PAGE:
Prolonged exposure to low air pollution increases the risk of heart and lung damage in older adults

Prolonged exposure to low air pollution increases the risk of heart and lung damage in older adults Photo: iStock Images

New Delhi: Detection of air pollution is one of the latest threats to health. As pollution levels rise around the world, in some places more than others, researchers are discovering different ways of air pollution that can cause short-term and long-term damage to health. A new study now suggests that long-term exposure to even low levels of air pollution can cause serious health problems, including heart and lung damage.

Researchers reviewed the medical records of more than 63 million patients, from 2000 to 2016. It was found that prolonged exposure to even low levels of air pollution led to an increased risk of pneumonia, heart attack, stroke and irregular heartbeat known as atrial fibrillation. .

The threat was found to be greater for the elderly, according to a study published in the journal Circulation.

Researchers also looked at air pollutants – fine particles, nitrogen dioxide and ozone. Each unit of increase in the levels of these pollutants was associated with thousands of hospital admissions per year, the research showed.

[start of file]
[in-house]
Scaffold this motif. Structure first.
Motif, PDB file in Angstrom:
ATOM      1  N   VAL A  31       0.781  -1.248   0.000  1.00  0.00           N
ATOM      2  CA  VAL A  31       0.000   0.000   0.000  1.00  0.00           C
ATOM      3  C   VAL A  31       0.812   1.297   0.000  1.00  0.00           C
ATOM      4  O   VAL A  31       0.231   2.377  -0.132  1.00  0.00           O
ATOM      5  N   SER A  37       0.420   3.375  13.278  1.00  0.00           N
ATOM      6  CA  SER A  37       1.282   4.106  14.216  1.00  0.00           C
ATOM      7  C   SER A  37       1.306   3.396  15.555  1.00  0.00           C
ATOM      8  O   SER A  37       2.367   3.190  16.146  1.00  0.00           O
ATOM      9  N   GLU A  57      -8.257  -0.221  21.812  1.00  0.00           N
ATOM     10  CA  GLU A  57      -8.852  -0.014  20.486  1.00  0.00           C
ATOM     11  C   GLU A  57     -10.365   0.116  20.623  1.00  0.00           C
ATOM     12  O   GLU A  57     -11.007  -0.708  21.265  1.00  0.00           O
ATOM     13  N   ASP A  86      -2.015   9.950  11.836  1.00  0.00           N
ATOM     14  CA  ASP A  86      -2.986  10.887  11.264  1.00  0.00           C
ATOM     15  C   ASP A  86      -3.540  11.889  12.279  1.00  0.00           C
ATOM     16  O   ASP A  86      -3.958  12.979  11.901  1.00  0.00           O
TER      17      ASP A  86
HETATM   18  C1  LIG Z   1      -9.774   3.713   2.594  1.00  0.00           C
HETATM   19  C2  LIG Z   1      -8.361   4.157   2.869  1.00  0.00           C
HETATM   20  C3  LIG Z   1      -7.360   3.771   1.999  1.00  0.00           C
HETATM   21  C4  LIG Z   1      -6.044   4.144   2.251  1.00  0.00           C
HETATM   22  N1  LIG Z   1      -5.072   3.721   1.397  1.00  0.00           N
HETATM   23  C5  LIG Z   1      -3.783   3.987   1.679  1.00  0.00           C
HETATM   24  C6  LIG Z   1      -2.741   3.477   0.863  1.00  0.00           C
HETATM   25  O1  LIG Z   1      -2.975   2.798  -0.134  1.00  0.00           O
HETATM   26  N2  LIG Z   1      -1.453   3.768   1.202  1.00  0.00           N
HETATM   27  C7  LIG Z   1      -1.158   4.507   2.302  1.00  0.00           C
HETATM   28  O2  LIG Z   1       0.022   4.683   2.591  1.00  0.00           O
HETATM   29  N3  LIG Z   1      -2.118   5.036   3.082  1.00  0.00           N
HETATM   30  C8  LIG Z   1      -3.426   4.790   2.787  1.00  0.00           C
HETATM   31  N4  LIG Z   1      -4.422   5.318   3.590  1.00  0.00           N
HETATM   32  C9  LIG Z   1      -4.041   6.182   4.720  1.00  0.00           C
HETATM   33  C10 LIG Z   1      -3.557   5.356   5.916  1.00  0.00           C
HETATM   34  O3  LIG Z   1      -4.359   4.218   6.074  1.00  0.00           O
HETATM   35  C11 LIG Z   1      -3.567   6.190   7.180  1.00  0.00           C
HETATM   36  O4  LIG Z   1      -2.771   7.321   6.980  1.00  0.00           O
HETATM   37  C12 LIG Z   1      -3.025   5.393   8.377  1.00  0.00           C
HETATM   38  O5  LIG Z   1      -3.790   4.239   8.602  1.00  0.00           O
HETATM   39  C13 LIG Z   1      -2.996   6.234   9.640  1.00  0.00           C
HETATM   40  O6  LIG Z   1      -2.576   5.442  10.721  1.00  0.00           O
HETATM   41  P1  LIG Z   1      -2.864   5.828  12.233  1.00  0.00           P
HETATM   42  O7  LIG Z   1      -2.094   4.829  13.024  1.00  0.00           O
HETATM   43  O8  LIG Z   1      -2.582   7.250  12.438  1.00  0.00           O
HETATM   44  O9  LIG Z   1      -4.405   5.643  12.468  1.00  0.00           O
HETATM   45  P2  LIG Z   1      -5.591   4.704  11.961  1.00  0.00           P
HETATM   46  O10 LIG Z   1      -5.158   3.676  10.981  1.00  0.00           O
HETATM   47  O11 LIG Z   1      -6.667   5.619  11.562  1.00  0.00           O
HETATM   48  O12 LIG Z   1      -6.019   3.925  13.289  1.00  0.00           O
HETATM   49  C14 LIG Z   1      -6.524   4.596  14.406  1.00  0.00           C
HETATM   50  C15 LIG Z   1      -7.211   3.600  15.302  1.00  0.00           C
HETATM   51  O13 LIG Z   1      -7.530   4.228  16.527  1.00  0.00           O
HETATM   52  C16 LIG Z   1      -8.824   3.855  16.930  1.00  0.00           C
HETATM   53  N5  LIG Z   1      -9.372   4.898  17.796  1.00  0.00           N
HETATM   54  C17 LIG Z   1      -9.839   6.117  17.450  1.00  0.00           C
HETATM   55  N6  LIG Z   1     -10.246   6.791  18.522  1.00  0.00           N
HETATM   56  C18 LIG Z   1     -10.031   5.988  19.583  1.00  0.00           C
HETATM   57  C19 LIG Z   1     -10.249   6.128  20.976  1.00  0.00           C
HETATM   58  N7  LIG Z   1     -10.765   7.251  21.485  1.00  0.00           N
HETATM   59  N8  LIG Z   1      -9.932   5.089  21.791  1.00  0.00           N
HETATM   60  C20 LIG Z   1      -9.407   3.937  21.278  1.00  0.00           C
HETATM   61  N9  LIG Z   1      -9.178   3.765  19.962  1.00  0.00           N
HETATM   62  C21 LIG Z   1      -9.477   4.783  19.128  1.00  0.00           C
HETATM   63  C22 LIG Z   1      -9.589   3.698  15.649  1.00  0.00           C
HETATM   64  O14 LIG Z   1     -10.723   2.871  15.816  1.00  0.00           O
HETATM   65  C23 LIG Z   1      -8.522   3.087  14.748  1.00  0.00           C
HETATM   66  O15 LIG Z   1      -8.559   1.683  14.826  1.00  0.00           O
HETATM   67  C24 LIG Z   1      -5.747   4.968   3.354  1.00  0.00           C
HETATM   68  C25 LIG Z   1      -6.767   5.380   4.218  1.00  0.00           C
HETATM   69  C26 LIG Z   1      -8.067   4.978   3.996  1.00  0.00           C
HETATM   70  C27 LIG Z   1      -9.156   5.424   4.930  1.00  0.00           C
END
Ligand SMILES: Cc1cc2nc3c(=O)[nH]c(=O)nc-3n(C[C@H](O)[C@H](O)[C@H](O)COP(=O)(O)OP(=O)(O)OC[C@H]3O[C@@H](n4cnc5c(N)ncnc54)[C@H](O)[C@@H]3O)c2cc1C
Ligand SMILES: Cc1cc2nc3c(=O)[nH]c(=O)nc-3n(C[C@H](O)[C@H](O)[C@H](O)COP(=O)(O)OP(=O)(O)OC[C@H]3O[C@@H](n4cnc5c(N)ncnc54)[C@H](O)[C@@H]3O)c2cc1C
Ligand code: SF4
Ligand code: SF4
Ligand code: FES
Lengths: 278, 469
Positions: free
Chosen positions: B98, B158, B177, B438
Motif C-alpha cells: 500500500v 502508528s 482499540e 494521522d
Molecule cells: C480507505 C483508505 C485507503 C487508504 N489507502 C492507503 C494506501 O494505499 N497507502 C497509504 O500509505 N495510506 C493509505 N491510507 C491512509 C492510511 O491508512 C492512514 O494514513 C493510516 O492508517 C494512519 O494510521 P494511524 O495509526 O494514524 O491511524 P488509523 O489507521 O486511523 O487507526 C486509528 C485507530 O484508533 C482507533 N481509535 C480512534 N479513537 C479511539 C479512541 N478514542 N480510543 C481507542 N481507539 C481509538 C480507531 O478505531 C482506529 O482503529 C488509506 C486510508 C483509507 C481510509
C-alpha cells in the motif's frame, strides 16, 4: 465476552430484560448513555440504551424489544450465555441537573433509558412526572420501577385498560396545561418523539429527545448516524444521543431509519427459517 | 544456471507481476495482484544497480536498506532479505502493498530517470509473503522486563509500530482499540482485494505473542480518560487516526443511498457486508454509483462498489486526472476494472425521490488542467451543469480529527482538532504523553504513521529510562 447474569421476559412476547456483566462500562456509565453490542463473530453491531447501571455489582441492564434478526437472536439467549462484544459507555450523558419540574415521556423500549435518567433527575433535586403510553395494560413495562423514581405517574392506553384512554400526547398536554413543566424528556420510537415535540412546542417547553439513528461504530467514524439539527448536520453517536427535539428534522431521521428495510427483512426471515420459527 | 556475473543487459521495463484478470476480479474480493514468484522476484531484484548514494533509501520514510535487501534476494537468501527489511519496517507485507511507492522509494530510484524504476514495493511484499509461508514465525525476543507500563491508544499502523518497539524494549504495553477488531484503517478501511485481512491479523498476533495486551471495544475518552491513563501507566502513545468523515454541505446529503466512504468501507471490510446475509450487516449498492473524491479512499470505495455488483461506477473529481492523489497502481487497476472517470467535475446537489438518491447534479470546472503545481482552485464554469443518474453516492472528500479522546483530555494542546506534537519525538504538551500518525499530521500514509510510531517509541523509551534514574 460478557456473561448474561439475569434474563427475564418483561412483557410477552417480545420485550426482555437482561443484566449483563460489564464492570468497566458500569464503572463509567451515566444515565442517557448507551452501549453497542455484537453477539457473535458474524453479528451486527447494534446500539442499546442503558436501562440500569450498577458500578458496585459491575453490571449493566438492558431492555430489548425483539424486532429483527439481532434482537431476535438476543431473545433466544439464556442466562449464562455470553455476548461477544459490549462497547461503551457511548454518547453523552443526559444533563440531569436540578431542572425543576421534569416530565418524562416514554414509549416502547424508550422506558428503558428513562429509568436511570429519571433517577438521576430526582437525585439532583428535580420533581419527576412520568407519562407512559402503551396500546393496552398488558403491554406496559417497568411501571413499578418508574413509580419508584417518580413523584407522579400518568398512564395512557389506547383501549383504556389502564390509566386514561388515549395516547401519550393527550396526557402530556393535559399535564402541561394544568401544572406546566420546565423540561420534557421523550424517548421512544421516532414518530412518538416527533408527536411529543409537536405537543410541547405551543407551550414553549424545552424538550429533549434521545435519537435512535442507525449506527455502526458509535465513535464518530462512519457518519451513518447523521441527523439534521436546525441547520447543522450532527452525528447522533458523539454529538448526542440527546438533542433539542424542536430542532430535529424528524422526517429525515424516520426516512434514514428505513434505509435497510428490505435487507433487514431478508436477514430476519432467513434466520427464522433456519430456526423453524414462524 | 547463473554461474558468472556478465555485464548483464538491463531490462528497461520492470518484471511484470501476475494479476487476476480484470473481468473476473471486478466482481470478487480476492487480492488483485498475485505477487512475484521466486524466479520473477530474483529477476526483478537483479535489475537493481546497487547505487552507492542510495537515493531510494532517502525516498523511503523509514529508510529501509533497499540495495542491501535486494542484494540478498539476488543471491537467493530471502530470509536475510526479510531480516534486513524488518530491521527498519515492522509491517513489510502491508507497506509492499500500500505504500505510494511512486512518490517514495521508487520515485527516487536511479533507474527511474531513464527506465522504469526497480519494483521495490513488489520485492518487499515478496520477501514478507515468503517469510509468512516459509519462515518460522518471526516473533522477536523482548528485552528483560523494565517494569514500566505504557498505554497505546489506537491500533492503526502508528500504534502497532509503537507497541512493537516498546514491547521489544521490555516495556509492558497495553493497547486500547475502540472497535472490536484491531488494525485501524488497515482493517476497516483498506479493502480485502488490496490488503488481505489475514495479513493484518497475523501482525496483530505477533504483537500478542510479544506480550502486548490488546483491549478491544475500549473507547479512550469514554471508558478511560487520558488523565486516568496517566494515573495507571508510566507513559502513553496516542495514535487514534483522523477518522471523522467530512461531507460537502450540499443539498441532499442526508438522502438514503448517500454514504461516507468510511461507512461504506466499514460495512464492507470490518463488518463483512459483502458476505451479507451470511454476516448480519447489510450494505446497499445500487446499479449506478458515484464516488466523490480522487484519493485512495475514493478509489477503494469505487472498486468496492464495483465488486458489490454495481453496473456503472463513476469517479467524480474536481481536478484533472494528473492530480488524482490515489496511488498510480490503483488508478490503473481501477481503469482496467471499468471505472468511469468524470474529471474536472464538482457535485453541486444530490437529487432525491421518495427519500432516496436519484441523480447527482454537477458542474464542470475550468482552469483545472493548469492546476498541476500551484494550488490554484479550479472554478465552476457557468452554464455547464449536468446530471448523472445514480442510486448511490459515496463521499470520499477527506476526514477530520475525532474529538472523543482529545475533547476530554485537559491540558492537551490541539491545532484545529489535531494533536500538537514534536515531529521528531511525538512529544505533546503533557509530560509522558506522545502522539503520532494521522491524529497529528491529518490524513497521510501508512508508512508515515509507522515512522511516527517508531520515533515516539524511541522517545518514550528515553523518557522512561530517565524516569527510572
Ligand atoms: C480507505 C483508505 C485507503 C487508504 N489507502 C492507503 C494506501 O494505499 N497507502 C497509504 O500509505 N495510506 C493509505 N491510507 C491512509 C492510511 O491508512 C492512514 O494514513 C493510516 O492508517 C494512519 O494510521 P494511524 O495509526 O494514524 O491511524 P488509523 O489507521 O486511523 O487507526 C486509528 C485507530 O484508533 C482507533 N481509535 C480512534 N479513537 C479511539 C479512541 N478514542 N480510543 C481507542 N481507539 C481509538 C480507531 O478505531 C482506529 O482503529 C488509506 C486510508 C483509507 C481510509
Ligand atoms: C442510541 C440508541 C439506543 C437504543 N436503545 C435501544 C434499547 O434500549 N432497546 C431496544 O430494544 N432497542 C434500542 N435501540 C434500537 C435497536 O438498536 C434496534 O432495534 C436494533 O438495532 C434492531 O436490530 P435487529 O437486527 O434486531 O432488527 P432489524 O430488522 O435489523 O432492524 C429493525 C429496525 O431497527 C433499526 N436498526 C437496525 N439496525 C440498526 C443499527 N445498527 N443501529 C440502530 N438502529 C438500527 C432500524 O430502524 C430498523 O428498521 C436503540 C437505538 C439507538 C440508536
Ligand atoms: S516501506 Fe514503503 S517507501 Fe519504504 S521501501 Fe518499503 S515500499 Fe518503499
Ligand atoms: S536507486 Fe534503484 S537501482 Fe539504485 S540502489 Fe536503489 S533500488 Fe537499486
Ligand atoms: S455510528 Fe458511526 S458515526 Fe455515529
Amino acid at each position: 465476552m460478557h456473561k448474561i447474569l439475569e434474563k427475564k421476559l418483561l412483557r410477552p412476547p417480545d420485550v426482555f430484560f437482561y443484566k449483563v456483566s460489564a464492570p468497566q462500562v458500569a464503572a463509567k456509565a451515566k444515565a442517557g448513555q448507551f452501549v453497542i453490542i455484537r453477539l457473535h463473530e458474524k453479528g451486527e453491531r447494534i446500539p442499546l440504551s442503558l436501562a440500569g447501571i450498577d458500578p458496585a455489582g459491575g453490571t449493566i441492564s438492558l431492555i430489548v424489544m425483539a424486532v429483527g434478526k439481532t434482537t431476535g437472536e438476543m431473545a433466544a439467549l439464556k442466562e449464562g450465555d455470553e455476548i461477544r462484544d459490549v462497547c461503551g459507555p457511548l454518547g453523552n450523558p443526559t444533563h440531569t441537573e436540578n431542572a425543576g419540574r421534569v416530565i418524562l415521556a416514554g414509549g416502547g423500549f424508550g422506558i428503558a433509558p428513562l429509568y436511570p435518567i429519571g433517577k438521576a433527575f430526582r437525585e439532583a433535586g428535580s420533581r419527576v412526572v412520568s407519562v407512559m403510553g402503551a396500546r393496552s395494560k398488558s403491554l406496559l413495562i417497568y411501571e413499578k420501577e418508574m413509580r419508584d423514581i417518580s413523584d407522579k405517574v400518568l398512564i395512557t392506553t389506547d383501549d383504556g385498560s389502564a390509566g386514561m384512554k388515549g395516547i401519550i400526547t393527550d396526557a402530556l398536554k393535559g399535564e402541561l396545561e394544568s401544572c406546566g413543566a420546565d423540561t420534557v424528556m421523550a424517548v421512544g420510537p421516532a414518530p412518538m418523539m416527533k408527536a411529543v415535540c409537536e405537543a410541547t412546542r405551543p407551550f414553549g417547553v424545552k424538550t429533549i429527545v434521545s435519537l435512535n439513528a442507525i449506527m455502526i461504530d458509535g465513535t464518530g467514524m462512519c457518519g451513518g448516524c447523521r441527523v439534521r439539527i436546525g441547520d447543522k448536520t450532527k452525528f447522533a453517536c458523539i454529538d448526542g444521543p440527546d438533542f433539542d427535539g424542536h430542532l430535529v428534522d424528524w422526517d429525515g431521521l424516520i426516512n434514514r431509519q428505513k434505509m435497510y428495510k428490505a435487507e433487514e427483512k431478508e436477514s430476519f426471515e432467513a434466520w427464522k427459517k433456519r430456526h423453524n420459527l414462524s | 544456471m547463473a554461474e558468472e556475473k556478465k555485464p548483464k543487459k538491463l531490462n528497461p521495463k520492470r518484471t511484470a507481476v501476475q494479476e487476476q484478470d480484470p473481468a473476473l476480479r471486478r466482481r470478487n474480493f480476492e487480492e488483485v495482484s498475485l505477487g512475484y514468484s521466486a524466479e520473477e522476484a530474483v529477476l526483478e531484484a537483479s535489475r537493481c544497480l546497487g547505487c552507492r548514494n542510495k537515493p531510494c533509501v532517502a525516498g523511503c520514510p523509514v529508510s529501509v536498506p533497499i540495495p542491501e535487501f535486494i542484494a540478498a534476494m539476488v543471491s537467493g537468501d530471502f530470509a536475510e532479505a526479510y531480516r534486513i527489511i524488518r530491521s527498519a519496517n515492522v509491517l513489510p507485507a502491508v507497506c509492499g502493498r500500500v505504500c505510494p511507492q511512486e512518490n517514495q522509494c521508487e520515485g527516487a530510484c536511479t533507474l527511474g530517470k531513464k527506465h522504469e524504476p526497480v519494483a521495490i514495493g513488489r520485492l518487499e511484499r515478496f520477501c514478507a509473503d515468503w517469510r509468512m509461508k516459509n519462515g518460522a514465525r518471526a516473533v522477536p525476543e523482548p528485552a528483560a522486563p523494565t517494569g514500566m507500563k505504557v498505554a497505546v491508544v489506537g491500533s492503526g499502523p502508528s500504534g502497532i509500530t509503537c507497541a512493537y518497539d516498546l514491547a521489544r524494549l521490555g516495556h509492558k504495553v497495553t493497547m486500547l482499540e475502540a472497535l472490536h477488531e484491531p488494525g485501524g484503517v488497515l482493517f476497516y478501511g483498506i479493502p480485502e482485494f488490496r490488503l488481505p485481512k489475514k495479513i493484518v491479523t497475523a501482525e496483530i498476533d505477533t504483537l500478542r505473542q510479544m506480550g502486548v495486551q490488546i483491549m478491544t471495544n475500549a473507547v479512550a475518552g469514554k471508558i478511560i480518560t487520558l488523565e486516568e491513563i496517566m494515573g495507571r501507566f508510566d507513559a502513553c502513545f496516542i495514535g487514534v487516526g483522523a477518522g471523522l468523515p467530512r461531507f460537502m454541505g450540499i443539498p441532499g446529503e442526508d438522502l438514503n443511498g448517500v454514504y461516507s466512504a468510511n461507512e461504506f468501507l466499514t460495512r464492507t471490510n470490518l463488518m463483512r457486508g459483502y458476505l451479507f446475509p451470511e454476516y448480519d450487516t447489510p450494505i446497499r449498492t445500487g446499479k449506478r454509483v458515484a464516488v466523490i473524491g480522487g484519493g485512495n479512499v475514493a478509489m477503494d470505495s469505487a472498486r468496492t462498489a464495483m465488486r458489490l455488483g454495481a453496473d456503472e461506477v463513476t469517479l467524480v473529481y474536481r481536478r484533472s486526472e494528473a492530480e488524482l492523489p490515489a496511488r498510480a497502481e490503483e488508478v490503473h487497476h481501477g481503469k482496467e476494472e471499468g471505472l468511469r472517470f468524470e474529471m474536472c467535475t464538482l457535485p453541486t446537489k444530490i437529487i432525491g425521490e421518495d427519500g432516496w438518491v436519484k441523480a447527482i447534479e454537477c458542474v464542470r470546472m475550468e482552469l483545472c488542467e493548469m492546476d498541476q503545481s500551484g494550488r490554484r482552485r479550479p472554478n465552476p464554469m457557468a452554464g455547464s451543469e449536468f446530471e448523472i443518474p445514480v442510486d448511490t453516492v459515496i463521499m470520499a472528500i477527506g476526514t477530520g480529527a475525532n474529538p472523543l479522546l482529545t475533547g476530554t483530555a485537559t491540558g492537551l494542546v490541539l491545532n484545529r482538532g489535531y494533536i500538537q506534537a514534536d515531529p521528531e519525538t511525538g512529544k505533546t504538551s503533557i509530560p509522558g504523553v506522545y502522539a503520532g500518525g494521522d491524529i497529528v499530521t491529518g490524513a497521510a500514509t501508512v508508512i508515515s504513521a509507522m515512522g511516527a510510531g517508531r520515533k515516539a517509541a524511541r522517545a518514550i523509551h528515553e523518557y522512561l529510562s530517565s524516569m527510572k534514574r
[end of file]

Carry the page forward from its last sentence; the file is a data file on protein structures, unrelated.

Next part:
Higher risks of heart attack, stroke, a-fib and flutter, as well as pneumonia are associated with prolonged exposure to particles.

Similarly, long-term exposure to nitrogen dioxide is associated with an increased risk of stroke and a-fib.

The findings of the study highlight the need to consider air pollution as a major risk factor for heart and lung disease.

“People should be aware of the air quality in the region they live in to avoid harmful exposure over extended periods of time, if possible,” said lead author Mahdieh Danesh Yazdi, a postdoctoral researcher at Harvard TH Chan School of Public Health.

“Because our study found adverse effects below levels below current U.S. standards, clinicians should consider air pollution a risk factor for cardiovascular and respiratory disease, and policymakers should review current standards for air pollutants,” she added in the news release.

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